Guest – Trevor Paglen has photographed and written about drones, military black sites and satellites. He’s an artist, image maker, journalist and engineer. He holds a PhD in experimental geography and contributed research and cinematography to the Academy Award-winning film Citizen Four.


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National Lawyers Guild Convention 2015

Natasha Bannan is the president of the National Lawyers Guild, as well as a human rights lawyer and Associate Counsel at LatinoJustice PRLDEF. At that national civil rights organization she works with low-wage Latina immigrant workers, and on the domestic implementation of human rights norms. Previously, she worked in the International Women’s Human Rights Clinic at CUNY School of Law and at the Center for Reproductive Rights. While attending CUNY School of Law, she was Editor-in-Chief of the CUNY Law Review and a Fellow at the Center for Latino and Latina Rights and Equality.

Guest – Natasha Lycia Ora Bannan, president of the National Lawyers Guild has advocated before international and regional human rights bodies on issues including colonialism, sexual violence in armed conflict, reproductive rights violations and hate crimes.  She has written several articles and reports, specifically on gender and human rights. Natasha also co-chairs the National Lawyers Guild’s Subcommittee on Puerto Rico.




Law and Disorder October 12, 2015

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Uncivil Rites: Palestine and the Limits of Academic Freedom

Just before the start of the 2014 academic year, the board of trustees at the University of Illinois at Urbana-Champaign revoked a tenured professorship of renowned American Indian studies professor Steven Salaita. The abrupt termination of employment was in response to Salaita’s public tweets criticizing the Israeli government’s summer assault on Gaza. Enormous public outcry followed the scholar’s firing, with thousands petitioning for his reinstatement, and more than five thousand scholars pledging to boycott UIUC. The case raises significant questions about academic freedom, free speech on campus, and the growing movement for justice in Palestine.  In his new book Uncivil Rites, Salaita brings personal reflection and political critique to bear on his high-profile and controversial termination. He deftly positions his case at the intersection of important issues affecting higher education and social justice activism.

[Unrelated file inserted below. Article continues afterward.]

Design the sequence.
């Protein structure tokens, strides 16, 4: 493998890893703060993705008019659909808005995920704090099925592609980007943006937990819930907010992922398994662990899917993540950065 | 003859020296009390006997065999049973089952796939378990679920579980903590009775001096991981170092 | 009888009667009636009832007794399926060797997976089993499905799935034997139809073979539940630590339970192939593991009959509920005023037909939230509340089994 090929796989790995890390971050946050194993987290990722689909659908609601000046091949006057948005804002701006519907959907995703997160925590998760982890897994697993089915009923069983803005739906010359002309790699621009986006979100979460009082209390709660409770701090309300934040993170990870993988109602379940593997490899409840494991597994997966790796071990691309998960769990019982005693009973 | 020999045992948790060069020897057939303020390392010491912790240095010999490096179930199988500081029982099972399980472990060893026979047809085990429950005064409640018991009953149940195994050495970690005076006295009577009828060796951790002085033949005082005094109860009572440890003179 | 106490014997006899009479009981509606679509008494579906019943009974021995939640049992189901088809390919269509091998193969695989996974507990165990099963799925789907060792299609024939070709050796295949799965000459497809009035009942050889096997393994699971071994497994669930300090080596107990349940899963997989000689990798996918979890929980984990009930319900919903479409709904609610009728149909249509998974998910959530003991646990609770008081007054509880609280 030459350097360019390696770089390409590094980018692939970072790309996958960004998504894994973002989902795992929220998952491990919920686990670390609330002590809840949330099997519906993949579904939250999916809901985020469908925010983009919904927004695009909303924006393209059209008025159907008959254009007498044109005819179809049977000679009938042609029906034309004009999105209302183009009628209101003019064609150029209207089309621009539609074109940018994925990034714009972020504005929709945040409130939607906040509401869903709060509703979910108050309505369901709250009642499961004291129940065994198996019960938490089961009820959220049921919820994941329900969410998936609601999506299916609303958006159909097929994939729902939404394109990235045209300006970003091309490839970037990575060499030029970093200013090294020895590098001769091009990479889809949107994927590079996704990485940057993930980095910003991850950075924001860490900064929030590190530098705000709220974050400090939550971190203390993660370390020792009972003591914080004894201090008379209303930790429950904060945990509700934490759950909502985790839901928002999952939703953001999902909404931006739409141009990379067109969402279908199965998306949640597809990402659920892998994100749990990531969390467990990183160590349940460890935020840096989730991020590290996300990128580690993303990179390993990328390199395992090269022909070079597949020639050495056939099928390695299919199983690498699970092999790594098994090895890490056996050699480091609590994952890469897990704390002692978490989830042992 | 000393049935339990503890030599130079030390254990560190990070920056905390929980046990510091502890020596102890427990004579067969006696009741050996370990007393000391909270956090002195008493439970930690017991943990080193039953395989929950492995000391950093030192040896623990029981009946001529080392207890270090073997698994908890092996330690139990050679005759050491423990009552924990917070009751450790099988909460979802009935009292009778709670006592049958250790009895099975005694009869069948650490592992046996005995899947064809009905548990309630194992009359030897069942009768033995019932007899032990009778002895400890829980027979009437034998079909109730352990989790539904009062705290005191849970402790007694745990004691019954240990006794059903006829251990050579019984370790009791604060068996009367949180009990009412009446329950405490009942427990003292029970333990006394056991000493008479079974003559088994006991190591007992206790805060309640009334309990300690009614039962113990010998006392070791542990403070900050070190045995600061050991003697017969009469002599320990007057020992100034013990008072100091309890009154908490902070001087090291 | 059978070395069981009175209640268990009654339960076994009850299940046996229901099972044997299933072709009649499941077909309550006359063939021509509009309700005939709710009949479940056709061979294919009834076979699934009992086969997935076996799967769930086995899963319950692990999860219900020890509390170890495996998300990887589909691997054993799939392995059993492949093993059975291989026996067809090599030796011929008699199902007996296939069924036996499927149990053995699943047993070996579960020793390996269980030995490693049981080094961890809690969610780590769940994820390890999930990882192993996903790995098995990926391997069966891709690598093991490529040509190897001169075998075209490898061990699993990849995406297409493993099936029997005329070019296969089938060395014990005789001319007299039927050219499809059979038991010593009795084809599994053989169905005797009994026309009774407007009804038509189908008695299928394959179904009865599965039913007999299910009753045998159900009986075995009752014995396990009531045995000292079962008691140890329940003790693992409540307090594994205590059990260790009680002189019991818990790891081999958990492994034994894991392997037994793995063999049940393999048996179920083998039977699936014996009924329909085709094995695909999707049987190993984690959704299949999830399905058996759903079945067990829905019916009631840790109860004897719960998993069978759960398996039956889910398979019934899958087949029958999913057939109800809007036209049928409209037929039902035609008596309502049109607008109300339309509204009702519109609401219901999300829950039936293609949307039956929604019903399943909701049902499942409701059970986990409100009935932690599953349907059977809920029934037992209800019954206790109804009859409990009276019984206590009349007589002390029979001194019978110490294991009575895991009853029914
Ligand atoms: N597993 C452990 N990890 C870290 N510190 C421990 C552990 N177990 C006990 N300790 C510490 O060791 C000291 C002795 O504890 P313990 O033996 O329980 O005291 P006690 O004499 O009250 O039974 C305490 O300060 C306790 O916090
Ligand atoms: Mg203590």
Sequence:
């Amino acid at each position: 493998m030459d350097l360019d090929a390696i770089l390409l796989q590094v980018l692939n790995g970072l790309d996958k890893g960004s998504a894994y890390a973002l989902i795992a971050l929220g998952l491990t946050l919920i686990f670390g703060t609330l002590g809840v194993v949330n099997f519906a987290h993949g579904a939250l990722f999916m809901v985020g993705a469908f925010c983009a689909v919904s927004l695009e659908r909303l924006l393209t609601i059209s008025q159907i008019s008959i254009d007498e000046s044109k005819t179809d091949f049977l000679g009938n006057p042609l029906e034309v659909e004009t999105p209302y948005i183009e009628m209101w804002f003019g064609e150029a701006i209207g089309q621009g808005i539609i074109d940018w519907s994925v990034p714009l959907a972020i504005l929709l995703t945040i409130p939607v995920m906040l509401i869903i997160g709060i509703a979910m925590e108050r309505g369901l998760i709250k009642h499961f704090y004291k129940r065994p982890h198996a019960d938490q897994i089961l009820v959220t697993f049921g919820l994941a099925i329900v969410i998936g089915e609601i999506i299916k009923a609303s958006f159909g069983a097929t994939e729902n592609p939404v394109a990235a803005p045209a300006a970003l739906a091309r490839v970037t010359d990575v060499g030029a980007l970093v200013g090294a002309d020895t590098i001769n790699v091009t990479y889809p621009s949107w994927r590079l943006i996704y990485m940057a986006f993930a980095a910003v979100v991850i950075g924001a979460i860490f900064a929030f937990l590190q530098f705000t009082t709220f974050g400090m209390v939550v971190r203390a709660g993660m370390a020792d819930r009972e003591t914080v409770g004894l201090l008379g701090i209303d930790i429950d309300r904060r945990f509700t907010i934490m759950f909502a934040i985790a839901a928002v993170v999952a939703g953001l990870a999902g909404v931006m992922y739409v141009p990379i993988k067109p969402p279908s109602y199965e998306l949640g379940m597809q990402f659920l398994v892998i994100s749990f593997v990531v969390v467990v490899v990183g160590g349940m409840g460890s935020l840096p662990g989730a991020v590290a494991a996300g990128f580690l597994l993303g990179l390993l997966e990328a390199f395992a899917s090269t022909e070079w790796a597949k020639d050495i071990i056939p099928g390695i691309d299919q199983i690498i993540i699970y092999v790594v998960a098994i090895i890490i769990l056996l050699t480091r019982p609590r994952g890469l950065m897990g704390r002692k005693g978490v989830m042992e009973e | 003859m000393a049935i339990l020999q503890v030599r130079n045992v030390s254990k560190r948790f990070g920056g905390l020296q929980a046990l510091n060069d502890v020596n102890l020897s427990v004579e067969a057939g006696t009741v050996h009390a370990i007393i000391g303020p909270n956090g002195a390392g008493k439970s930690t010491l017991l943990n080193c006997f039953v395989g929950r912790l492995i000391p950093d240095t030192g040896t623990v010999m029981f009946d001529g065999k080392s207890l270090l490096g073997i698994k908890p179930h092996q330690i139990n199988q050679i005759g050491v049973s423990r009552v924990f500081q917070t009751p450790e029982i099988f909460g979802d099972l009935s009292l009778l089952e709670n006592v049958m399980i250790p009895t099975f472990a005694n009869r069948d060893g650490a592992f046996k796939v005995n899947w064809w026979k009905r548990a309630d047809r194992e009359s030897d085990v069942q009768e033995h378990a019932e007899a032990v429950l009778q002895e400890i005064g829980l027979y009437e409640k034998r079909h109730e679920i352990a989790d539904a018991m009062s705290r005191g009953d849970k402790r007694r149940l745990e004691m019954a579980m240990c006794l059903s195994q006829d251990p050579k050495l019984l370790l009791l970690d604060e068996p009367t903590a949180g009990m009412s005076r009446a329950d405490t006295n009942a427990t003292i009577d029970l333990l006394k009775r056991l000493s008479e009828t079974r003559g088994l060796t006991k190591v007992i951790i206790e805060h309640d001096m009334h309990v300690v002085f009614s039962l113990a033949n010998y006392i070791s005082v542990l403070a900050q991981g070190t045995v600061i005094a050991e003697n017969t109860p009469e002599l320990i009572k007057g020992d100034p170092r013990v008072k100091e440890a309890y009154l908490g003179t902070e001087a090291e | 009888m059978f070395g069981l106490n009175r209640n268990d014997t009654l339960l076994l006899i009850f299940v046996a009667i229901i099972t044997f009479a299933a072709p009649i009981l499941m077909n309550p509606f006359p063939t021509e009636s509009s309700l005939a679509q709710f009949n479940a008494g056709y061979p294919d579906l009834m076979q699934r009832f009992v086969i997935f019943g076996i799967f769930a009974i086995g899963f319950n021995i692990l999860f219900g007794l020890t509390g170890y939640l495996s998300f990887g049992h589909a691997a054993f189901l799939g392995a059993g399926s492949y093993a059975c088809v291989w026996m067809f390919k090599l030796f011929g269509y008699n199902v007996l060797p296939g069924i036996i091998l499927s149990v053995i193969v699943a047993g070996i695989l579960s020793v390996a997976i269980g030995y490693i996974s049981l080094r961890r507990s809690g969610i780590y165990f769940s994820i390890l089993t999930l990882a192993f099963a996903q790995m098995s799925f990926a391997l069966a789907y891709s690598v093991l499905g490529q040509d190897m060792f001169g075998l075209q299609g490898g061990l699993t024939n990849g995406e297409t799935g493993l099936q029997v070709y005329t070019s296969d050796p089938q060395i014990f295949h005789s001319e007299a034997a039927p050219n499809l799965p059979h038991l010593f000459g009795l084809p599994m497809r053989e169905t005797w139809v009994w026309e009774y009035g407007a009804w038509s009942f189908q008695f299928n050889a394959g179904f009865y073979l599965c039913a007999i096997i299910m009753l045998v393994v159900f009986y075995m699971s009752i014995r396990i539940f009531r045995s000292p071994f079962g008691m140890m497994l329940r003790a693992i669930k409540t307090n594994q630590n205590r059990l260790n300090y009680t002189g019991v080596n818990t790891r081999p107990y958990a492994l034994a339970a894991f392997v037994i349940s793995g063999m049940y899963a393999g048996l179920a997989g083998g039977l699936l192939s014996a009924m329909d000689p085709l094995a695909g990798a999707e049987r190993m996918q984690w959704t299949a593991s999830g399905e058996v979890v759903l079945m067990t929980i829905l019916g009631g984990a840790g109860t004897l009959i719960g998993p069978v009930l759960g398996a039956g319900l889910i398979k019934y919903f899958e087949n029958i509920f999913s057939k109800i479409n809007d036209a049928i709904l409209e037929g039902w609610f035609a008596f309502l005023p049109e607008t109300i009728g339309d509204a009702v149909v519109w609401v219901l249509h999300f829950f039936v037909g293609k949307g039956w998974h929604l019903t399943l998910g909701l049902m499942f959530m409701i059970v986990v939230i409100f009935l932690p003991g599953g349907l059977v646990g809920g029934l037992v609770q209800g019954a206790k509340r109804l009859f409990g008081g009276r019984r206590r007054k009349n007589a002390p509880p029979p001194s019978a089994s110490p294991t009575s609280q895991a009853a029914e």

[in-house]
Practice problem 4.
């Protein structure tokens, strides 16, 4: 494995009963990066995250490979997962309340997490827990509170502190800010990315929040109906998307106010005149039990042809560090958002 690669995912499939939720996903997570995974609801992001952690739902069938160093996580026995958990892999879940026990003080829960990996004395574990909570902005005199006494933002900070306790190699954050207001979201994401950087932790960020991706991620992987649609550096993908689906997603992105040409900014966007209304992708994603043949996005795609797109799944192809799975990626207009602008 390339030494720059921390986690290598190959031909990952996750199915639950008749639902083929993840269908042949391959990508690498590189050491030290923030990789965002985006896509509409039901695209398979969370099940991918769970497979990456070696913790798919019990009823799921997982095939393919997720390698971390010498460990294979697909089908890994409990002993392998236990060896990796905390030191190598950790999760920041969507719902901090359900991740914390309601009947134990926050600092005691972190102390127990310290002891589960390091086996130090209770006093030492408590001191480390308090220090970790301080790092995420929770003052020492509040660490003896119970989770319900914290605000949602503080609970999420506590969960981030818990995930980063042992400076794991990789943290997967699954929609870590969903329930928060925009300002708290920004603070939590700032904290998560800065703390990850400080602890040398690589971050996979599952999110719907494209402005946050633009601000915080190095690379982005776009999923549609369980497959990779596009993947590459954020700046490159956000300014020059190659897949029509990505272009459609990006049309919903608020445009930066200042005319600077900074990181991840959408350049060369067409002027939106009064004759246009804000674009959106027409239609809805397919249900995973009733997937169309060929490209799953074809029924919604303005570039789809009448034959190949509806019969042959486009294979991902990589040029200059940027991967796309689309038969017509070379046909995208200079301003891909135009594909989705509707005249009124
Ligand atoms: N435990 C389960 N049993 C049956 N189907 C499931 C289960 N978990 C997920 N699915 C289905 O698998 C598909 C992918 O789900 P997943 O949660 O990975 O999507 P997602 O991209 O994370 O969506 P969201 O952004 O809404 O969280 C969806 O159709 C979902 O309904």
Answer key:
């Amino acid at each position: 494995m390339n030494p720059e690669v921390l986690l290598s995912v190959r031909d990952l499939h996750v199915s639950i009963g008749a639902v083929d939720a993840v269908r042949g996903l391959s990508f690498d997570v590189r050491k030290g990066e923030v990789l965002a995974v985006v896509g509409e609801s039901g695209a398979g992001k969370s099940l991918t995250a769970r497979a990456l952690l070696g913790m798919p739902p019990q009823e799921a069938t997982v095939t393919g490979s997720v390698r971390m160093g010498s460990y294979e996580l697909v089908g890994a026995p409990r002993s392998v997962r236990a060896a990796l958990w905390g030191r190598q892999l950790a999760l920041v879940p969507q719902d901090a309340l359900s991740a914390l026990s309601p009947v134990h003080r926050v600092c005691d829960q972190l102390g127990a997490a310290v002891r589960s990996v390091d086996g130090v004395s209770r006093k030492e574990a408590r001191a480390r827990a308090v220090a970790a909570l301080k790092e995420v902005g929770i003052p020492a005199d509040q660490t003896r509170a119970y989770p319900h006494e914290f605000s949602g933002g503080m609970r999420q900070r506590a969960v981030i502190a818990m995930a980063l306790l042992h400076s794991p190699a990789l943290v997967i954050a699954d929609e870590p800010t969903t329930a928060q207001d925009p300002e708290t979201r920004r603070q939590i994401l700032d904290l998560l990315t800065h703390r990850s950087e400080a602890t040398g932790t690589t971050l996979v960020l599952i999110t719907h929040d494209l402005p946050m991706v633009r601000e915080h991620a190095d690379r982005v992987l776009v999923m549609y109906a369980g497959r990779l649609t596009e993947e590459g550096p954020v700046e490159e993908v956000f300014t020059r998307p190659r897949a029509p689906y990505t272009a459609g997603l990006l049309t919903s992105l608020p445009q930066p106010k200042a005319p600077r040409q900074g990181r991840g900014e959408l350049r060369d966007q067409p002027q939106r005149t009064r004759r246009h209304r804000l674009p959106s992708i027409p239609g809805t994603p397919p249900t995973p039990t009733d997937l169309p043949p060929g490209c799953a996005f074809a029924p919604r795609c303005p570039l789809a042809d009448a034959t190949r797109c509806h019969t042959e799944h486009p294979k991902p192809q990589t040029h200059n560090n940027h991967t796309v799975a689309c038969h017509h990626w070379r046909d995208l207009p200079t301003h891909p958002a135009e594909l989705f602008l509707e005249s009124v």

Guest – Steven Salaita holds the Edward W. Said Chair of American Studies at the American University of Beirut. The author of six other books, he is a columnist for Electronic Intifada and a member of the Organizing Committee of the US Campaign for the Academic and Cultural Boycott of Israel (USACBI).

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The Palestine Exception to Free Speech: A Movement Under Attack in the US

A new report, “The Palestine Exception to Free Speech: A Movement Under Attack in the US,” released by Palestine Legal and the Center for Constitutional Rights, documents for the first time the widespread and growing suppression of Palestinian human rights advocacy in the US. A companion video features students and scholars discussing the backlash they have experienced for engaging in Palestine advocacy.

Palestine Legal, a nonprofit organization dedicated to protecting the civil rights of people in the U.S., responded to nearly 300 incidents over an 18-month period. Eighty-five percent of the incidents—which included baseless legal complaints, administrative disciplinary actions, firings, harassment, and false accusations of terrorism and antisemitism—targeted students and scholars. Driven by a network of Israel advocacy organizations, these efforts target the movement for Palestinian rights in the U.S., which has grown significantly over the last decade.

The report includes case studies and testimony from advocates targeted for their speech. It outlines a notable increase in federal and state legislative efforts to condemn or restrict advocacy for Palestinian human rights, including legislation that conflates criticism of Israeli policy with antisemitism.

Guest – Dima Khalidi is the founder and Director of Palestine Legal and Cooperating Counsel with the Center for Constitutional Rights (CCR). Her work includes providing legal advice to activists, engaging in advocacy to protect their rights to speak out for Palestinian rights, and educating activists and the public about the repression of Palestine advocates. Dima has a JD from DePaul University College of Law with a concentration in International Law, an MA in Comparative Legal Studies from the University of London – School of Oriental and African Studies, and a BA in History and Near Eastern Studies from the University of Michigan.



Law and Disorder October 5, 2015

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New York City Councilors Issue Proclamation Honoring Ethel Rosenberg on her 100th Birthday